Question: We have new insurance coverage, what should I do?

If the new coverage is with the same employer, check with the human resources department to see whether you need a new pre-authorization. If you or your spouse has brand new coverage, you will need to call us to receive a new pre-authorization. You would then receive a confirmation from the new company as to the coverage that is still available if the patient is mid-treatment.

Changing employers and/or insurance companies during the course of your orthodontic treatment:

If you are working for the same employer and that employer changes insurance companies during your orthodontic treatment, you can submit a claim to the new insurance company. That claim will be prorated according to the date the braces were put on and how many months of treatment are required. The new insurance company will consider how many months the prior insurance company has paid and how many months are left of treatment. In this case, usually, the new insurance company picks up the payments where the other company has left off. The word "usually" is used because when you have the same employer, your benefits should continue even though your employer has changed insurance companies. But, in some cases, there might be a pre-existing clause in your new benefit and the new insurance company will not continue payments. If this is the case, you should try to appeal to get your full benefit from your employer.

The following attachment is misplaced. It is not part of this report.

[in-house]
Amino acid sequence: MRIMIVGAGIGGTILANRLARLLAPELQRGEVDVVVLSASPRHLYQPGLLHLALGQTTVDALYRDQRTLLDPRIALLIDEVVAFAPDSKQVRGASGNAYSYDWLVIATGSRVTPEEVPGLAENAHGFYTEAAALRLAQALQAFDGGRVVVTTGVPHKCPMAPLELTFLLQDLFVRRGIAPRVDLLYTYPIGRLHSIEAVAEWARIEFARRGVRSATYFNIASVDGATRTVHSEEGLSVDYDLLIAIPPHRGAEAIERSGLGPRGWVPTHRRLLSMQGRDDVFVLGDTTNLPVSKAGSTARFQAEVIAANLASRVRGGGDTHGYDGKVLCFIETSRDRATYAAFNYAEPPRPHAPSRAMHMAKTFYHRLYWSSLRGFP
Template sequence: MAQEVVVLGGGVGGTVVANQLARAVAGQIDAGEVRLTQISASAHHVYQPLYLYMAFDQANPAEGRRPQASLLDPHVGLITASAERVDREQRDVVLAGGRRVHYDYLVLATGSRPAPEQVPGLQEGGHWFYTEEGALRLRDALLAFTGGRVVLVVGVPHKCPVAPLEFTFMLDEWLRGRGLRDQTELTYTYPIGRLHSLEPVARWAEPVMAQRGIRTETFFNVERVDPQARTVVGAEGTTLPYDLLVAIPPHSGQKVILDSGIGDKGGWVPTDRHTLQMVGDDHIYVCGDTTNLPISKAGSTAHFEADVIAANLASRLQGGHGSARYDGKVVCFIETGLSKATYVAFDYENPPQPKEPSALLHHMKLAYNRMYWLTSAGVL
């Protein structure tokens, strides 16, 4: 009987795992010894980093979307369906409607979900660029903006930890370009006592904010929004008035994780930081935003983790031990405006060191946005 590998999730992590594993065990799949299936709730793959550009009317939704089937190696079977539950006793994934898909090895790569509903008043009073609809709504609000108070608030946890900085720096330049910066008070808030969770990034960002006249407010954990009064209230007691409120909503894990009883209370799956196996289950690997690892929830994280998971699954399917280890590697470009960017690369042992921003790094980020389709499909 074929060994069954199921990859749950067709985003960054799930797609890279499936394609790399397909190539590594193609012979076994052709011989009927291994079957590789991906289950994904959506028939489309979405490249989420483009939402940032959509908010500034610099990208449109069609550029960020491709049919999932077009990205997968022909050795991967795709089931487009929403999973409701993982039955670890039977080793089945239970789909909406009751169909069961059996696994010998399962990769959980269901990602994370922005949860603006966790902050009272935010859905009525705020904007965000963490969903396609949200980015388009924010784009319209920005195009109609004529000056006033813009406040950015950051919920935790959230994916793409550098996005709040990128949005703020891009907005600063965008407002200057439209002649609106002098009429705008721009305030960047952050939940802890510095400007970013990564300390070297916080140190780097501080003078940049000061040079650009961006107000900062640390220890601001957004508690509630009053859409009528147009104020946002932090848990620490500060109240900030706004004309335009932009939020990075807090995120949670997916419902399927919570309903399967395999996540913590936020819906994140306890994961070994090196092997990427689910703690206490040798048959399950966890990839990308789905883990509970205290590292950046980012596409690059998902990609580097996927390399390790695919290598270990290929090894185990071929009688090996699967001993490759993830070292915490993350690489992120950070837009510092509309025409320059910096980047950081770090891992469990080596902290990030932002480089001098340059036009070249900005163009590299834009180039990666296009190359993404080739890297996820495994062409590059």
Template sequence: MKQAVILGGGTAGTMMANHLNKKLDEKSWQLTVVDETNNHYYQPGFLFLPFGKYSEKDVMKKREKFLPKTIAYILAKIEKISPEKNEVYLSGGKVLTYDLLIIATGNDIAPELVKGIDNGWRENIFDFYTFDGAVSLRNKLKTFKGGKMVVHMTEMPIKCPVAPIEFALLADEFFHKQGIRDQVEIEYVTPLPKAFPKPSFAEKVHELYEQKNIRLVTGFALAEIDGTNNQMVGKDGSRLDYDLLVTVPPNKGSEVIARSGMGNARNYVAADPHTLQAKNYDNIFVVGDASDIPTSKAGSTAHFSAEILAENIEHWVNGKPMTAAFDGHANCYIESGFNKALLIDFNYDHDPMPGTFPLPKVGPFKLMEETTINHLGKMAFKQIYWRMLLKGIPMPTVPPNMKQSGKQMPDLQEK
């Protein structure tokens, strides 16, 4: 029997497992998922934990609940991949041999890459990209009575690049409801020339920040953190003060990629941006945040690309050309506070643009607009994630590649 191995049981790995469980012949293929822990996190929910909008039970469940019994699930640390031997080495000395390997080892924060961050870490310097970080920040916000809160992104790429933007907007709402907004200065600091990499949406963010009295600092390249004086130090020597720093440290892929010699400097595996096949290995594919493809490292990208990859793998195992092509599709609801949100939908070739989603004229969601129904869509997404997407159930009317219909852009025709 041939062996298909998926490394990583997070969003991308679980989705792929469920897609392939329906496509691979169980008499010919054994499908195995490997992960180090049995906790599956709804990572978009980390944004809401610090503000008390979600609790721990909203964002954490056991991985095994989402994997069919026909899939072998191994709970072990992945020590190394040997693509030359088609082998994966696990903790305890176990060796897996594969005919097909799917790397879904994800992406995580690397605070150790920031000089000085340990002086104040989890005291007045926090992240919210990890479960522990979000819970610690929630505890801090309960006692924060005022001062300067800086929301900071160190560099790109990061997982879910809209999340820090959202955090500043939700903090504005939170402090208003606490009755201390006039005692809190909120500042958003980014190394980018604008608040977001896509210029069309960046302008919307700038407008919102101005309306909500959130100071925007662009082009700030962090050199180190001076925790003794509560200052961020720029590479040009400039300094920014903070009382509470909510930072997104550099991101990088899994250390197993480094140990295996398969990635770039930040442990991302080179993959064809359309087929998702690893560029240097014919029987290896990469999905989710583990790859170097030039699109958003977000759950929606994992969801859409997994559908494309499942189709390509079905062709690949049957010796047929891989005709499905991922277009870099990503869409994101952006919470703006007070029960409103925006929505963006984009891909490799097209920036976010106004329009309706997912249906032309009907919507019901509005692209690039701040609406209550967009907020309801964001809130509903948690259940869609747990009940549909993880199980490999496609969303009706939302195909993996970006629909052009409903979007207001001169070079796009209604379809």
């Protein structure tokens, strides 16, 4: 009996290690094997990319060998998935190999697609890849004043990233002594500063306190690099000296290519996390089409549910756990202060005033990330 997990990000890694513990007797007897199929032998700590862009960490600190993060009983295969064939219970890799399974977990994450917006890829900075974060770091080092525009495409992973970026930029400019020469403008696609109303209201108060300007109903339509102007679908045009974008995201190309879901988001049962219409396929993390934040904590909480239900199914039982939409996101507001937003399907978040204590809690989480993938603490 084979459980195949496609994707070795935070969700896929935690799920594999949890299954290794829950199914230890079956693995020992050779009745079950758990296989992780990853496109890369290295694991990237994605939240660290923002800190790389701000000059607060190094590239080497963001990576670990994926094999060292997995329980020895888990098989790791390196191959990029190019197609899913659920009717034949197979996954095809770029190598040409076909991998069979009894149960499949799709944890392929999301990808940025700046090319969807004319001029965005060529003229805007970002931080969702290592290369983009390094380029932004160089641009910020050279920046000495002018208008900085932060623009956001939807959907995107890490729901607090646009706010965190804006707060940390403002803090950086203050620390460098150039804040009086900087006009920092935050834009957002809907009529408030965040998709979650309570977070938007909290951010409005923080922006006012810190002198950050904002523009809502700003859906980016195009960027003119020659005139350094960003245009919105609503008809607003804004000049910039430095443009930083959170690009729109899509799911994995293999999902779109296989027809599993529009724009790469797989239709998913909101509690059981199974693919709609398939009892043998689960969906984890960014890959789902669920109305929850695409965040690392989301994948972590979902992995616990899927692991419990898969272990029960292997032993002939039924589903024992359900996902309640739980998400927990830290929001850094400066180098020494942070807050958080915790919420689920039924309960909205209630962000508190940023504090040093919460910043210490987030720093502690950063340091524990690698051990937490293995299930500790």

If you change employers, your benefit from the first employer will be stopped automatically. You can submit a claim to your new insurance company from your new employer and location. The new insurance should pick up payments when your orthodontist sends in a claim and submits the amount of months left of treatment. Sometimes this is not covered due to a pre-existing clause in your new benefit.

In a nutshell: Insurance is complicated for orthodontic treatment due to the length of treatment and different plans. It is important to know your benefit, lifetime maximum, how it is paid and at what percentage.